Discussion

In Pakistan metallic ion pollution of aquatic habitats has become serious concern to the sustainability of aquatic animals, including fish (Javed, 2015). The prevailing met`allic ion pollution is causing adverse effects on the diversity and condition factor of indigenous fish species in the natural water bodies as they are in direct contact with pollutants and cannot avoid the harmful effects of a wide variety of toxicants exerting profound effects on their physiology (Vutukuru, 2005). M. seenghala showed significantly higher sensitivity towards Cd toxicity followed by W. attu and C. marulius. Significant variations in the sensitivity of three fish species towards Cd were attributed to significant changes that accrued in the physiology of different fish species during both acute and chronic exposure stress (Kousar and Javed, 2015).

Table 1: Average wet weights (g) of three fish species

Length Groups###Fish Species###Average weight (g)

###Channa marulius###3.22+-0.56

50 mm###Mystus seenghala###3.28+-0.47

###Wallago attu###4.37+-0.64

###Channa marulius###5.32+-0.65

100 mm###Mystus seenghala###4.06+-0.45

###Wallago attu###8.23+-1.10

###Channa marulius###7.49+-0.94

150 mm###Mystus seenghala###6.48+-0.53

###Wallago attu###15.65+-2.57

Table 2: Acute toxicity of cadmium (96 h) for three fish species

Treatments###Length groups###Fish species

###Channa marulius###Mystus seenghala###Wallago attu###Overall Means*

96 h LC50###50 mm###86.74+-3.88a###23.86+-1.72c###29.45+-1.93 b###46.67+-34.81c

###100 mm###97.00+-3.76 a###27.95+-2.08 c###39.04+-2.10 b###54.66+-37.08 b

###150 mm###120.01+-3.89a###39.04+-2.10 c###49.65+-2.19 b###69.57+- 44.01 a

Overall Means###101.25+-17.04 a###30.27+-7.87 c###39.38+-10.10 b

Lethal concentrations###50 mm###150.23+-7.56 a###41.83+-3.23 c###50.97+-3.70 b###81.01+-60.12 c

###100 mm###158.19+-7.84 a###52.83+-4.26 c###65.17+-4.30 b###92.06+-57.60 b

###150 mm###180.23+-7.51 a###65.17+-4.30 c###78.23+-4.58 b###107.88+-63.00 a

Overall Means###162.88+-15.54 a###53.28+-11.68 c###64.79+-13.63 b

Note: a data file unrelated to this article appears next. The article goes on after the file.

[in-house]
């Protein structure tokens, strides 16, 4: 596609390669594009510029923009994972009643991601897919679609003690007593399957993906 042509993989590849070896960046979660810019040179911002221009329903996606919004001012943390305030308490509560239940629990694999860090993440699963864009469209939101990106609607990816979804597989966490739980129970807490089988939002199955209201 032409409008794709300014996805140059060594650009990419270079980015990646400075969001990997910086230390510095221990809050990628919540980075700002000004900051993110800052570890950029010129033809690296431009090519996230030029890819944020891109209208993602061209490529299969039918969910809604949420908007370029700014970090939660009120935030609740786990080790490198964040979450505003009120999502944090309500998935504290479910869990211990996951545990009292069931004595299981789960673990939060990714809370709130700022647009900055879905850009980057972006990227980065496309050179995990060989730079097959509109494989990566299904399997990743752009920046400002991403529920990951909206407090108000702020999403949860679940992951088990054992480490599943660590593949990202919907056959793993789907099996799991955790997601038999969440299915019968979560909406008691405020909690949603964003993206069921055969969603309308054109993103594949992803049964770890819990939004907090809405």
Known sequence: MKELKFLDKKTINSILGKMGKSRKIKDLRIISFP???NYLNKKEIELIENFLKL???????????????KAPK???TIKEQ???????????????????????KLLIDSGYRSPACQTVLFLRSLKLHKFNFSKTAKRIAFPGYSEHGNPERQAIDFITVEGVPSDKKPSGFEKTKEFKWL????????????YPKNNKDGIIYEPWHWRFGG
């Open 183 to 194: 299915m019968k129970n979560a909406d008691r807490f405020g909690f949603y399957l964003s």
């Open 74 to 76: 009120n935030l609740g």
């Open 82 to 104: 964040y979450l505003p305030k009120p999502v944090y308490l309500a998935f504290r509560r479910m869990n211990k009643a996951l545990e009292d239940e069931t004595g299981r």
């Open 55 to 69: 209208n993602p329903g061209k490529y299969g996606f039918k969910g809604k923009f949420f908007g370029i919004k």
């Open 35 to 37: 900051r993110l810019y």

Table 3: Accumulation of cadmium (ugg-1) in the fish body organs during 96 h acute toxicity exposures

Tissues###Gills###Kidney###Liver###Muscles###Blood###Overall Means*

At 96 h LC50

Length groups

50 mm###134.85+-79.92 c###140.56+-59.30 b###160.06+-72.99 a###7.90+-3.03 e###89.66+-25.23 d###106.61+-60.91 c

100 mm###154.67+-89.42 c###188.51+-118.02 b###222.20+-105.49a###29.28+-11.76 e###117.66+-37.66 d###142.46+-74.25 b

150 mm###164.73+-96.55 c###285.58+-129.79 b###307.24+-79.75 a###47.20+-22.86 e###161.31+-40.18 d###193.21+-105.69 a

Overall Means###151.42+-15.20 c###204.88+-73.88 b###229.83+-73.89 a###28.13+-19.68 e###122.88+-36.11 d

Fish species

Channa marulius###243.01+-28.18 c###309.71+-113.07 a###307.10+-68.84 b###39.08+-26.52 e###151.63+-40.09 d###210.11+-119.67 a

Mystus seenghala###6 6.68+-12.43 d###107.10+-45.60 b###141.67+-67.28 a###15.07+-8.48 e###85.00+-27.75 c###83.11+-54.73 c

Wallago attu###144.56+-144.56 c###197.83+-70.04 b###240.73+-95.57 a###30.22+-24.78 e###132.00+-41.07 d###149.07+-87.99 b

Overall Means###151.42+-88.36 c###204.88+-101.49 b###229.83+-83.25 a###28.13+-12.14 e###122.88+-34.24 d

At 96 h Lethal Concentrations

Length groups

50 mm###548.41+-50.93 c###594.55+-40.34 b###613.32+-45.72a###31.88+-11.43 e###201.48+-47.31 d###397.93+-264.71 c

100 mm###599.31+-87.57 c###770.49+-52.43 b###822.61+-156.23 a###46.63+-15.25 e###303.17+-87.07 d###508.44+-328.27 b

150 mm###695.45+-102.37 c###990.80+-79.92 b###1000.80+-66.74 a###72.40+-20.13 e###399.45+-96.51 d###631.78+-398.75 a

Overall Means###614.39+-74.67 c###785.28+-198.54 b###812.24+-193.95 a###50.30+-20.51 e###301.37+-99.00 d

Fish species

Channa marulius###685.53+-105.31 c###835.93+-213.05 b###895.26+-210.26 a###63.40+-22.50 e###367.02+-120.89 d###569.43+-347.93 a

Mystus seenghala###528.59+-52.76 c###725.84+-171.60 a###721.58+-195.22 b###33.54+-14.52 e###217.13+-73.16 d###445.34+-305.02 c

Wallago attu###629.06+-68.11 c###794.07+-211.93 a###819.89+-196.77 a###53.97+-24.80 e###319.94+-104.60 d###523.39+-327.54 b

Overall Means###614.39+-79.49 c###785.28+-55.57 b###812.24+-87.09 a###50.30+-15.26 e###301.37+-76.65 d